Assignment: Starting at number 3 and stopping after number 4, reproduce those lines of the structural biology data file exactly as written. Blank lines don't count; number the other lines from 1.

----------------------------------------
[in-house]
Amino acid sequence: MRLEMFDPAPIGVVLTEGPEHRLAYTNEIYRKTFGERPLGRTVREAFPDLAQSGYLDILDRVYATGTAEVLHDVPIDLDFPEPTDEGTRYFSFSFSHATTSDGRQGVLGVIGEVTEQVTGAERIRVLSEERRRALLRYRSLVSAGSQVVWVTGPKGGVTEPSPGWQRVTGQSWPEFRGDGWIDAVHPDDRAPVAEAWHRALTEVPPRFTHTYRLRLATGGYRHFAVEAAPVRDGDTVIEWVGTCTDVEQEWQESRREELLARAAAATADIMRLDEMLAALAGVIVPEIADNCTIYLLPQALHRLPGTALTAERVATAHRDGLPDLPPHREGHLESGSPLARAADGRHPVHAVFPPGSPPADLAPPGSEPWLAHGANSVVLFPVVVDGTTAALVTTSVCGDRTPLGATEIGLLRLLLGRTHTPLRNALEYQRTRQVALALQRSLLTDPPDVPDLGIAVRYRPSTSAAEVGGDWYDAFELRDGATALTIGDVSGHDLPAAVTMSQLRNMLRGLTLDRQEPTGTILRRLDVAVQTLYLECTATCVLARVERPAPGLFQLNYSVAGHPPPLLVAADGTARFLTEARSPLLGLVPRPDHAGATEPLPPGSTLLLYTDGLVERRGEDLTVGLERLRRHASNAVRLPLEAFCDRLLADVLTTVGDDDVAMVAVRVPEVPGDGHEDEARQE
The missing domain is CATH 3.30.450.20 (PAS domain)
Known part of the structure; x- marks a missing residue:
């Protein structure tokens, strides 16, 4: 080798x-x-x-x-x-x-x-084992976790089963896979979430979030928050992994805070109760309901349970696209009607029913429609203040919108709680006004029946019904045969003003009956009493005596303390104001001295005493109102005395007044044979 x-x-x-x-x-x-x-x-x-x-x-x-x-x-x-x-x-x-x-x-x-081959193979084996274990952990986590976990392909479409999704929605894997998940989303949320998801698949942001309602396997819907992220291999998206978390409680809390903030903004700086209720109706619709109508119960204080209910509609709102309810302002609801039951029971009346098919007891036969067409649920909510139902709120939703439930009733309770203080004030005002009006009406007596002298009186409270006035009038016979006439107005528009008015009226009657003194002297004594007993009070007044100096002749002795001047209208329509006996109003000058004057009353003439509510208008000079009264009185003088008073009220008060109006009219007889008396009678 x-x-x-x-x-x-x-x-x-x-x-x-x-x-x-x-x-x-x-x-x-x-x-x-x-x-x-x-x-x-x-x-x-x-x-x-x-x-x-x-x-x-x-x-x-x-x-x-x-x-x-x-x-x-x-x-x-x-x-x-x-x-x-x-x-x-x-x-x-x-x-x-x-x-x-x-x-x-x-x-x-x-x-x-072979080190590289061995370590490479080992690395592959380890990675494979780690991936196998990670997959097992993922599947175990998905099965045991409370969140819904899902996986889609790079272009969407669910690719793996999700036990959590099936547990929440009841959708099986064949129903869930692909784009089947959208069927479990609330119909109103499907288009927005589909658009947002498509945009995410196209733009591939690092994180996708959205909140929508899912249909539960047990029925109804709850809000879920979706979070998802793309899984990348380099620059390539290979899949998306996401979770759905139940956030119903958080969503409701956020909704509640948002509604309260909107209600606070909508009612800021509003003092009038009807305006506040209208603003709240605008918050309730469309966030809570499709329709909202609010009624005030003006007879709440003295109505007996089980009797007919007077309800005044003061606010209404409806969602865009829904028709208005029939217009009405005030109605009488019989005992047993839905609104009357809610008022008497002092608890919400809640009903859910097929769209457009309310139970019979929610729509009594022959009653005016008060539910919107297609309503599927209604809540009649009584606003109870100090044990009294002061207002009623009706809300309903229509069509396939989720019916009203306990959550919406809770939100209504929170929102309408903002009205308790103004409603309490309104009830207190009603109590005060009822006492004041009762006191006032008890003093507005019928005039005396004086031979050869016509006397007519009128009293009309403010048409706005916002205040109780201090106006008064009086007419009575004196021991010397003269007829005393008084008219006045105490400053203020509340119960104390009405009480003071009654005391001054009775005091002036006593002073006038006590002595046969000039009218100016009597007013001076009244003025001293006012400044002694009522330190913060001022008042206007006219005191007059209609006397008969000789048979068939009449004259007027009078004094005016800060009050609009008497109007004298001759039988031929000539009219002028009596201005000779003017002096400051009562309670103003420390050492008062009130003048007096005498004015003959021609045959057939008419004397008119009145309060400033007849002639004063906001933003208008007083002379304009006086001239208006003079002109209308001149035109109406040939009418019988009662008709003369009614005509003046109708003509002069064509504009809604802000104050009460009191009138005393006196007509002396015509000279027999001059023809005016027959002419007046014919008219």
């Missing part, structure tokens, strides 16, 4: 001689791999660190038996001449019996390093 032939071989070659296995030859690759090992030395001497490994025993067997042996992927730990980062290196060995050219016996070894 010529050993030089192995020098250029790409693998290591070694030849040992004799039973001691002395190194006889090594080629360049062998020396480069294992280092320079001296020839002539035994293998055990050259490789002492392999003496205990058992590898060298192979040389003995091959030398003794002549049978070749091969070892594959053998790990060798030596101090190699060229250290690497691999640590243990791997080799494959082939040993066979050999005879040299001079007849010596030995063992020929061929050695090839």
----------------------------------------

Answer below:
The missing domain is CATH 3.30.450.20 (PAS domain)
Known part of the structure; x- marks a missing residue: